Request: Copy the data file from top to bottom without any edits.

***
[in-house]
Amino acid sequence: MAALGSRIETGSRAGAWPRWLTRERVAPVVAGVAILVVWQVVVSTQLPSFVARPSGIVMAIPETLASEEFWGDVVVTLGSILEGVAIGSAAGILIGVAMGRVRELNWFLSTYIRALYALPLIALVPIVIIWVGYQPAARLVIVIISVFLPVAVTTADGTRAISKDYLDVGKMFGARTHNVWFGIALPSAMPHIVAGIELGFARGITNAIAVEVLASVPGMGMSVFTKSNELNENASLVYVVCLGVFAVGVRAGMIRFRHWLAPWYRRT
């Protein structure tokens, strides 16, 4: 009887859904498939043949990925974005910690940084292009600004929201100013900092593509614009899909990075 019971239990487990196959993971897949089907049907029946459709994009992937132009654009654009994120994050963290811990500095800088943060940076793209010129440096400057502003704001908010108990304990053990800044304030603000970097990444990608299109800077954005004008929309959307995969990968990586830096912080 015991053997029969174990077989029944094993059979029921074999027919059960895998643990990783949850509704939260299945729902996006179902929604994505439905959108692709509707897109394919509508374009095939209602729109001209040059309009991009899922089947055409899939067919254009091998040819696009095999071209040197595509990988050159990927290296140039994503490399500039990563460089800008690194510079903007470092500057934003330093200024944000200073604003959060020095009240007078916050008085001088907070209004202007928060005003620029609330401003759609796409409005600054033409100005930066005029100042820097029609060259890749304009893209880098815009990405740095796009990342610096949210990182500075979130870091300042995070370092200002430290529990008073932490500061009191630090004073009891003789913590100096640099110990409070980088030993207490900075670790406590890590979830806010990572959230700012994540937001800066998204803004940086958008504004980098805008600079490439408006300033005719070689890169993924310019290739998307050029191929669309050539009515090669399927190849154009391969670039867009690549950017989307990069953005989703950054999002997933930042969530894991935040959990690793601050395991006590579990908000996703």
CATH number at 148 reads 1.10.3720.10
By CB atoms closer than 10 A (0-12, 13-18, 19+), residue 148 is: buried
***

[in-house]
Amino acid sequence: MAALGSRIETGSRAGAWPRWLTRERVAPVVAGVAILVVWQVVVSTQLPSFVARPSGIVMAIPETLASEEFWGDVVVTLGSILEGVAIGSAAGILIGVAMGRVRELNWFLSTYIRALYALPLIALVPIVIIWVGYQPAARLVIVIISVFLPVAVTTADGTRAISKDYLDVGKMFGARTHNVWFGIALPSAMPHIVAGIELGFARGITNAIAVEVLASVPGMGMSVFTKSNELNENASLVYVVCLGVFAVGVRAGMIRFRHWLAPWYRRT
């Protein structure tokens, strides 16, 4: 009887859904498939043949990925974005910690940084292009600004929201100013900092593509614009899909990075 019971239990487990196959993971897949089907049907029946459709994009992937132009654009654009994120994050963290811990500095800088943060940076793209010129440096400057502003704001908010108990304990053990800044304030603000970097990444990608299109800077954005004008929309959307995969990968990586830096912080 015991053997029969174990077989029944094993059979029921074999027919059960895998643990990783949850509704939260299945729902996006179902929604994505439905959108692709509707897109394919509508374009095939209602729109001209040059309009991009899922089947055409899939067919254009091998040819696009095999071209040197595509990988050159990927290296140039994503490399500039990563460089800008690194510079903007470092500057934003330093200024944000200073604003959060020095009240007078916050008085001088907070209004202007928060005003620029609330401003759609796409409005600054033409100005930066005029100042820097029609060259890749304009893209880098815009990405740095796009990342610096949210990182500075979130870091300042995070370092200002430290529990008073932490500061009191630090004073009891003789913590100096640099110990409070980088030993207490900075670790406590890590979830806010990572959230700012994540937001800066998204803004940086958008504004980098805008600079490439408006300033005719070689890169993924310019290739998307050029191929669309050539009515090669399927190849154009391969670039867009690549950017989307990069953005989703950054999002997933930042969530894991935040959990690793601050395991006590579990908000996703």
CATH number at 148 reads 1.10.3720.10
By CB atoms closer than 10 A (0-12, 13-18, 19+), residue 148 is: buried